The first Zika-related death on US soil was reported Friday in Puerto Rico, raising new concerns about the dangers of the mosquito-borne virus. "The patient died of complications related to severe thrombocytopenia," a poor clotting condition related to a low number of platelets in the blood, the US Centers for Disease Control and Prevention said. "Although Zika virus–associated deaths are rare, the first identified death in Puerto Rico highlights the possibility of severe cases, as well as the need for continued outreach to raise health care providers' awareness of complications that might lead to severe disease or death," the CDC said.
A helicopter carrying North Sea oil workers crashed off the coast of southwest Norway on Friday, killing all 13 people on board, rescue services said. The Super Puma chopper went down around midday in the archipelago off the coast of Bergen, Norway's second-biggest city. Rescue services recovered eleven bodies but called off the search for the two remaining passengers five hours later saying they could not have survived the crash.
All 13 people on board a helicopter which crashed near the Norwegian city of Bergen are presumed dead, rescuers say.
The Pentagon says the bombing of an Afghan hospital that left 42 dead was not a war crime, confirming that 16 US troops will face disciplinary action.
The Large Hadron Collider particle accelerator in Switzerland is offline after suffering a short circuit - caused by a weasel.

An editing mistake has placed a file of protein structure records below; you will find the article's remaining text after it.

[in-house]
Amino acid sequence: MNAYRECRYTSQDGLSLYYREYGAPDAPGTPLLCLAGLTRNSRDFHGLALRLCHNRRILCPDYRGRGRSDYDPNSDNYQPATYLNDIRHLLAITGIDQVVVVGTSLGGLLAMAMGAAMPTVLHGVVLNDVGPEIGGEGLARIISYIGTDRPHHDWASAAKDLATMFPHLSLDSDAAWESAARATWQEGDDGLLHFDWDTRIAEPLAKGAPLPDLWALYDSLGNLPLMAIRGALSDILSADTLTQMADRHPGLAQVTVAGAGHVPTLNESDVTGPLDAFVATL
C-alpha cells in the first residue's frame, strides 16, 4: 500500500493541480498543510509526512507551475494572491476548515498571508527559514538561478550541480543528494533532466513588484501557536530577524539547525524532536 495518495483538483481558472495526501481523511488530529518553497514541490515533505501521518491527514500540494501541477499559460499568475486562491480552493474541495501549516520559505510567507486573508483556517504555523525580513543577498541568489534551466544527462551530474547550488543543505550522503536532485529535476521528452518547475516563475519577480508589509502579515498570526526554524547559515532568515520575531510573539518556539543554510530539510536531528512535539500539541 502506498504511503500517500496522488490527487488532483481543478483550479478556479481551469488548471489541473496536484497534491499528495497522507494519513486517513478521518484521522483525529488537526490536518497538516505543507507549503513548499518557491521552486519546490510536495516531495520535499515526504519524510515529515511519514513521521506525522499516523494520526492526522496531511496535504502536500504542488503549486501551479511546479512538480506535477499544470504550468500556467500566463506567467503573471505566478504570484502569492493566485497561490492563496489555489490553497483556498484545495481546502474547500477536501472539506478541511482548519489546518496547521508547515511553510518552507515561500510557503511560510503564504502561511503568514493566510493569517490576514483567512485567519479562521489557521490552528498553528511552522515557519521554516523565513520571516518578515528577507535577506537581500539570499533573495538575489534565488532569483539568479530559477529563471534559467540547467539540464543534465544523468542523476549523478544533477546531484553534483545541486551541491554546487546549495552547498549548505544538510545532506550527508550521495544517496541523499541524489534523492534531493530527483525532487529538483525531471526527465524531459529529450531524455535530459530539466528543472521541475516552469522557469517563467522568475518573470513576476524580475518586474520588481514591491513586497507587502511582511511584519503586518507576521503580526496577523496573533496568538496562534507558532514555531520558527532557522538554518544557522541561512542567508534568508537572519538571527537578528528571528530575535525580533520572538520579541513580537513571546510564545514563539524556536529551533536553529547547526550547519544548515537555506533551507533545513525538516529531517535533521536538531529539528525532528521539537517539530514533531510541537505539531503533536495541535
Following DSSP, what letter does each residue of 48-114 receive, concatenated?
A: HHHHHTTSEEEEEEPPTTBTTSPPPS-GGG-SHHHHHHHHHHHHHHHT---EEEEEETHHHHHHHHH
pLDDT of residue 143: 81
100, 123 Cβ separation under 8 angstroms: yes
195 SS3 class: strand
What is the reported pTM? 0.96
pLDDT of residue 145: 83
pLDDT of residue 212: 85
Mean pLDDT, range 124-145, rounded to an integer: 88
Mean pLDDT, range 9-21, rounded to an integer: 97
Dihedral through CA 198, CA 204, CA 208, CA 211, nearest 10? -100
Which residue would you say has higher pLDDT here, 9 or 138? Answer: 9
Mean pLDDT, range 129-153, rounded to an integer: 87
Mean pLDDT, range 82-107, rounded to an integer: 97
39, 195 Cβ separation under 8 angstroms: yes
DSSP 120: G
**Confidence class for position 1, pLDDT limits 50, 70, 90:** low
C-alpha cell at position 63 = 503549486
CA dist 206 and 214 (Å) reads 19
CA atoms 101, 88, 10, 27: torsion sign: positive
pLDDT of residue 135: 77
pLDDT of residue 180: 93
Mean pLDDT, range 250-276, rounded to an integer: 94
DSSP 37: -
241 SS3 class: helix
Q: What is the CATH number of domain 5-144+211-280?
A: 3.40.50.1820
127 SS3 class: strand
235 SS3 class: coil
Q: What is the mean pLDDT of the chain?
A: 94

A mosque and a medical facility are reportedly targeted in Syria's second city of Aleppo, as the government announces a "regime of calm" in other regions.
Hundreds of protesters gathered outside of the Republican party convention in California have delayed Republican front-runner Donald Trump's speech.
President Jacob Zuma should face 783 corruption charges, the High Court rules, adding it was "irrational" of the state prosecutor to drop them in 2009.
Russia summons the Polish ambassador in Moscow to protest against a ban on Russian bikers from entering Poland as part of World War Two commemorations.
A former Auschwitz Nazi death camp guard apologises at his trial in Germany to victims, saying he feels "ashamed" of his work at a "criminal organisation".
China denies permission for a US aircraft carrier to visit Hong Kong, the US state department says.
The two largest parties in the Republic of Ireland reach agreement on the shape of a future government.
Cyprus President Nicos Anastasiades has said that the hijacking of the plane that landed at Larnaca was not linked to terrorism.
Police shot an armed man as he tried to enter the Capitol building visitor centre in Washington DC.
The FBI has managed to unlock the iPhone of the San Bernardino gunman without Apple's help, ending a court case, the US justice department says.
The BBC gains exclusive access in Aleppo province, where Kurdish forces have seized most of the border with Turkey from Islamic State fighters.
Upgrading Myanmar's colonial era sewage system will be one of the tasks facing the new leaders when they take office this week.
With so-called Islamic State militants active in Egypt's Sinai, Israeli troops are on alert for attacks just across the border.
As Pakistani families mourn the park attack on Lahore Christians, the BBC's Shaimaa Khalil reports from the funeral of 16-year-old boy Sharoon.
Drone footage has revealed that the ancient city of Palmyra is largely still intact, after being recaptured from so-called Islamic State (IS).
Wind gusts of up to 105 mph (170 kph) from Storm Katie have caused Gatwick-bound flights to be diverted, and damage across London.
The BBC's disability news correspondent, Nikki Fox, has been to the camp to see how those with a disability, who are some of the most vulnerable, survive.